Neurological symptoms are typically considered late onset manifestations of SOD. Common initial presentations include epilepsy, development delays and limb weakness. Intellectual abilities vary widely from normal to severe intellectual disability.[7] Early studies indicated intellectual disability occurs in 71% of cases, cerebral palsy occurs in 57%, and behavioral problems occur in 20% but further research has indicated that these symptoms may be less common and caused by additional neurological abnormalities.[4]

Causes[edit]

SOD results from an abnormality in the development of the embryonic forebrain at 4-6 weeks of pregnancy.[6] There is no known single cause of SOD, but it is thought that both genetic and environmental factors may be involved.[8]

Genetic[edit]

Rare familial recurrence has been reported, suggesting at least one genetic form (HESX1).[9] Five homozygous and eight heterozygous pathogenic HESX1 mutations have been discovered. Patients with homozygous mutations present with a typical SOD phenotype while those with homozygous mutations are mildly effected.[6] In addition to HESX1, mutations in OTX2, SOX2 and PAX6 have been implicated in SOD.[8] SOX2 mutations in SOD patients are associated with severe bilateral ocular anomalies such as microphthalmia and anophthalmia. Additional features associated with SOX2 mutations include developmental delay, oesophageal atresia, short stature and sensorineural hearing loss. Genetic abnormalities are identified in fewer than one percent of patients.[6]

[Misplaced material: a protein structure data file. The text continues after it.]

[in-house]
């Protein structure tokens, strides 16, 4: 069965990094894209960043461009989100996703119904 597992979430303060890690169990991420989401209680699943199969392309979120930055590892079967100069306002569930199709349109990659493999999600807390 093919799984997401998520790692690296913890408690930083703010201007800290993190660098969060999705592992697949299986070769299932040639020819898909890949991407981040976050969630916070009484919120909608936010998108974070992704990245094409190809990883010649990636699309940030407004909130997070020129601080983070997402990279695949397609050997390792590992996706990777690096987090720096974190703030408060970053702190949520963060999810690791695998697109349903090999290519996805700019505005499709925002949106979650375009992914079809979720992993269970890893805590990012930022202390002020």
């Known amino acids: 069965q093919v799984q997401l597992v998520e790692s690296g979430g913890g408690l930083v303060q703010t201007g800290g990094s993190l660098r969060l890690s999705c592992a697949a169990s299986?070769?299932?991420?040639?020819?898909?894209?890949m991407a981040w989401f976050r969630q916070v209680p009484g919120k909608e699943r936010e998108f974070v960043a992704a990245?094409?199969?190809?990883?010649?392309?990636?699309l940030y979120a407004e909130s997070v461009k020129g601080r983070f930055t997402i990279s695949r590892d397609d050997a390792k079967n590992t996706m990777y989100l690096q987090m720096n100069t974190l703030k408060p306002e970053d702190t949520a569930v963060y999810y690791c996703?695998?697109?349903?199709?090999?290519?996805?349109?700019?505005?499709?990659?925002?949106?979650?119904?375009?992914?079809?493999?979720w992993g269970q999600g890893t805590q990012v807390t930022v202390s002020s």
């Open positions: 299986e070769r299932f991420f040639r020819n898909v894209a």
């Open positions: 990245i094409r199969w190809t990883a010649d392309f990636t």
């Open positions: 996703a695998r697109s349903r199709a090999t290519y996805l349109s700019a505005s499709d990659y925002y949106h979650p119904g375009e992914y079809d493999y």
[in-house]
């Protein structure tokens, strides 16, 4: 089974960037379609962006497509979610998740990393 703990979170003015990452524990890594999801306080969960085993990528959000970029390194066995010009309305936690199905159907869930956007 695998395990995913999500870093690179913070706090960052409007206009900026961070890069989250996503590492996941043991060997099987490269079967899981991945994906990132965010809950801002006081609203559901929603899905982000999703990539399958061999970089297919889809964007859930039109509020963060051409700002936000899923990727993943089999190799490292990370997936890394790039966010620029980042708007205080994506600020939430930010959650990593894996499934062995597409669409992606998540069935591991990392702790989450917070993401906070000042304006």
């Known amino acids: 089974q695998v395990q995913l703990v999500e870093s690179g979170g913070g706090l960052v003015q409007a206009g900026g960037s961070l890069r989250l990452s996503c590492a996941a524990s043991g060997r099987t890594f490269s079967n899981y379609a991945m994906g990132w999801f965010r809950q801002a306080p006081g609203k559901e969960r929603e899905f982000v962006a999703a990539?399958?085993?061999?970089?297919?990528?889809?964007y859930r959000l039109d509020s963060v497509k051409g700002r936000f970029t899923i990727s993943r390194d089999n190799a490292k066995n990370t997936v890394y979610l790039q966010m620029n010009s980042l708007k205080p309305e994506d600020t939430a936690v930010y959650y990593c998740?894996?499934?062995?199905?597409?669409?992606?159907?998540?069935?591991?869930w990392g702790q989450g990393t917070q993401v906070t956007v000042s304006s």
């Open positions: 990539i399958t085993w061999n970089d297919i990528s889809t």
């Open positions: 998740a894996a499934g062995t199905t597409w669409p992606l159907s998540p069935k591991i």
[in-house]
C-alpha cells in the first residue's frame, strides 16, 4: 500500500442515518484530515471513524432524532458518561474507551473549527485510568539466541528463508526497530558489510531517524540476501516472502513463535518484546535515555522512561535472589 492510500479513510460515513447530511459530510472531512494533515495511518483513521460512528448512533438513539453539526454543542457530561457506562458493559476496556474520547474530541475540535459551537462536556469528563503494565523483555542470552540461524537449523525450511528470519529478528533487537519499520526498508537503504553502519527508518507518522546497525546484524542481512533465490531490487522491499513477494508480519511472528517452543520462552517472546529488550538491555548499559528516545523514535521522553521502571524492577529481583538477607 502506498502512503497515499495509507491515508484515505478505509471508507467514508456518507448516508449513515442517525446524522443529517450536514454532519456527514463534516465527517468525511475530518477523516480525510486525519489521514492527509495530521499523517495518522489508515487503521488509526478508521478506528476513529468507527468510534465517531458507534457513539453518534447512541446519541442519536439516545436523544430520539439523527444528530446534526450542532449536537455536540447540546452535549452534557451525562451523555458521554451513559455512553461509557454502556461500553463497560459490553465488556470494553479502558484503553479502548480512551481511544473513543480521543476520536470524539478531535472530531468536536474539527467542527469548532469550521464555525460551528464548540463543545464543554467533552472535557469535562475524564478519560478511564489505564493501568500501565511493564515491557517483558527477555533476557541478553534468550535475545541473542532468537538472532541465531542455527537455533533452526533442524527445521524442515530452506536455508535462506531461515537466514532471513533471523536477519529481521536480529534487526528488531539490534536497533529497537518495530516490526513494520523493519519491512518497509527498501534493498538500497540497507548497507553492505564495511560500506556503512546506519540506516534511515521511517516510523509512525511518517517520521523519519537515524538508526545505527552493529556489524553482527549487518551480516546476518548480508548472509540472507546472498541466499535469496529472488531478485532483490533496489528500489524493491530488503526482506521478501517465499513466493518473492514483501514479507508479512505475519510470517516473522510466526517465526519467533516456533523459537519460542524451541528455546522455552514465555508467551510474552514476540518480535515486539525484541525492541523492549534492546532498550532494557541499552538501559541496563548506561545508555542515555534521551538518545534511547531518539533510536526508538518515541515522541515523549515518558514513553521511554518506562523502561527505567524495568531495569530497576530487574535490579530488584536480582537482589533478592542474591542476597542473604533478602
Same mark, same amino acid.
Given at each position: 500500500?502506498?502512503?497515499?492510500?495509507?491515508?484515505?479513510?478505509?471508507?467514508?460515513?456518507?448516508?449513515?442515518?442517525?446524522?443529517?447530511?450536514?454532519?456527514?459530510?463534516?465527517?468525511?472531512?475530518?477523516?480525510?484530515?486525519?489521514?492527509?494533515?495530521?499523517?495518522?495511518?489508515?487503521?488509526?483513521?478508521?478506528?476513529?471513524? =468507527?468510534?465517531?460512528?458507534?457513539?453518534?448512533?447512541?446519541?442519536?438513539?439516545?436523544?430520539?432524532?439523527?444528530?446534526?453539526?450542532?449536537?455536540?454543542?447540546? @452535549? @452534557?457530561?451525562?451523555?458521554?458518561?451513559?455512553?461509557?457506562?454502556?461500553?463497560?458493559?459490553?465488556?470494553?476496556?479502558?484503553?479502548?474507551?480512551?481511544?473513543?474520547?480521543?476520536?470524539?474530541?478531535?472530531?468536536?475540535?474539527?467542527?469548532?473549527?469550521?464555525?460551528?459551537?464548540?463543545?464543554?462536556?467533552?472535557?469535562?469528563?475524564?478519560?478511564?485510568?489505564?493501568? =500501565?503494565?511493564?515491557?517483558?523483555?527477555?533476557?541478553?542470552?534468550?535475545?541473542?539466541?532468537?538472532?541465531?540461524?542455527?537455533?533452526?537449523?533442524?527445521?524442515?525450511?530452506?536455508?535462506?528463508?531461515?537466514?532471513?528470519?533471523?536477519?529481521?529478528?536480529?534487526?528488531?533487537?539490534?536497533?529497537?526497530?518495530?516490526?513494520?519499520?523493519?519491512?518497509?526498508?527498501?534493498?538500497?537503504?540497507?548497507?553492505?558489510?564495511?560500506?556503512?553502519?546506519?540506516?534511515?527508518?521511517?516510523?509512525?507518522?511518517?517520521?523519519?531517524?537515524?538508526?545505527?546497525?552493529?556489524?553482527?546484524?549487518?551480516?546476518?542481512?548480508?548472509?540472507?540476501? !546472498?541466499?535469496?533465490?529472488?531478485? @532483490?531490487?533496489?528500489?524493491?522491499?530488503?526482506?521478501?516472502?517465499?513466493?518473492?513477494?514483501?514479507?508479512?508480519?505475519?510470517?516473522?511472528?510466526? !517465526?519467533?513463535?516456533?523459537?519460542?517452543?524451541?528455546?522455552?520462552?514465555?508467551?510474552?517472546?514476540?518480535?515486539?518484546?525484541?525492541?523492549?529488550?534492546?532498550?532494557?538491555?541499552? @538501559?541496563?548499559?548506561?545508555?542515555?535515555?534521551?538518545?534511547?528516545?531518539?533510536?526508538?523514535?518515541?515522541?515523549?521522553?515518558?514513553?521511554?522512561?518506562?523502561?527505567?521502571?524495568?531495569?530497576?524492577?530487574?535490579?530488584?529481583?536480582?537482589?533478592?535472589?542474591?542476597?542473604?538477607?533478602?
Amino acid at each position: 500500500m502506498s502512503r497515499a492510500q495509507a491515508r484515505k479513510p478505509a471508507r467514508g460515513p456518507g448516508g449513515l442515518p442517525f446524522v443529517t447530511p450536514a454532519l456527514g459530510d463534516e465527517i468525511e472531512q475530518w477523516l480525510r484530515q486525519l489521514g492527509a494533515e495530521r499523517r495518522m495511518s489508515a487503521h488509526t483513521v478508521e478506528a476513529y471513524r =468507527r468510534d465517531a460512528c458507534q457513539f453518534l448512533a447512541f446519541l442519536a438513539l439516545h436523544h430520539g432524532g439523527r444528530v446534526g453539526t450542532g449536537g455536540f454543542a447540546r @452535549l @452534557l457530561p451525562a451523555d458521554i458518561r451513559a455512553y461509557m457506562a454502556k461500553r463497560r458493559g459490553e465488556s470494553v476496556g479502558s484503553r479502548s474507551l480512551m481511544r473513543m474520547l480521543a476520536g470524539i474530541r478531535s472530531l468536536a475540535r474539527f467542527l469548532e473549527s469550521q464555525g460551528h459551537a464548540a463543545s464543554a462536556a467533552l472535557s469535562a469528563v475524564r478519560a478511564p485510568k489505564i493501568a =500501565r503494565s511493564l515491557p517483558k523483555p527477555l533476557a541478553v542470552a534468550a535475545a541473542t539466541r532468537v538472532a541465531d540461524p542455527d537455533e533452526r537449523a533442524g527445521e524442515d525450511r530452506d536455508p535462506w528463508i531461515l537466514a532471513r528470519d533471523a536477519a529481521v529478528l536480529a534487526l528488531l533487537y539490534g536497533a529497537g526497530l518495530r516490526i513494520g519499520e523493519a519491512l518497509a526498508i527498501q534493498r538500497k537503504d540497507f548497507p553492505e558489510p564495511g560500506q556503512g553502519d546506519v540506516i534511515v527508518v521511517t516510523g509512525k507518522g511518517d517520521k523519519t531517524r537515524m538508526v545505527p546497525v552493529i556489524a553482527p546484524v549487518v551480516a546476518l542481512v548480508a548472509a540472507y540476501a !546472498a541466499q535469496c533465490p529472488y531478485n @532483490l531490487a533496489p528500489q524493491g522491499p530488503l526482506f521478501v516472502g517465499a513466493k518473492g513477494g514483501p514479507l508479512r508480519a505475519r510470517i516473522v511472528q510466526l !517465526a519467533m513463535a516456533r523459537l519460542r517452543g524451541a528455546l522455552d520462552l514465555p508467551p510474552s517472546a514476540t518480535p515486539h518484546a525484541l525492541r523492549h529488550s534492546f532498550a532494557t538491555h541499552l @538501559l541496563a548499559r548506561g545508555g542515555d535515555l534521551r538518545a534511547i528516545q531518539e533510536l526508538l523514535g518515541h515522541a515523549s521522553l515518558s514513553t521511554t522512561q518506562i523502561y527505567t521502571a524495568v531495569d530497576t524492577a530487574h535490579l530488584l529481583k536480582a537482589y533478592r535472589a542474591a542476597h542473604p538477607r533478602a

Diagnosis[edit]

A diagnosis of SOD is made when at least two of the following triad are present: optic nerve underdevelopment; pituitary hormone abnormalities; or mid-line brain abnormalities. Diagnosis is usually made at birth or during childhood, and a clinical diagnosis can be confirmed by MRI scans.[6]

Treatment[edit]

There is no cure for SOD.[6] Treatment is symptomatic and may require a multidisciplinary team of specialists including neurologists, ophthalmologists and endocrinologists. Hormone deficiencies may be treated with HRT but vision impairments are not usually treatable.[3]

Epidemiology[edit]

A European survey put the prevalence of SOD at somewhere in the region of 1.9 to 2.5 per 100,000 live births, with the United Kingdom having a particularly high rate and with increased risk for younger mothers.[10]

History[edit]

In 1941 Dr. David Reeves at the Children's Hospital Los Angeles described an association between underdevelopment of the optic nerve with an absent septum pellucidum. Fifteen years later French doctor Georges de Morsier reported his theory that the two abnormalities were connected and coined the term septo-optic dysplasia. In 1970 American doctor William Hoyt made the connection between the three features of SOD and named the syndrome after de Morsier.[11]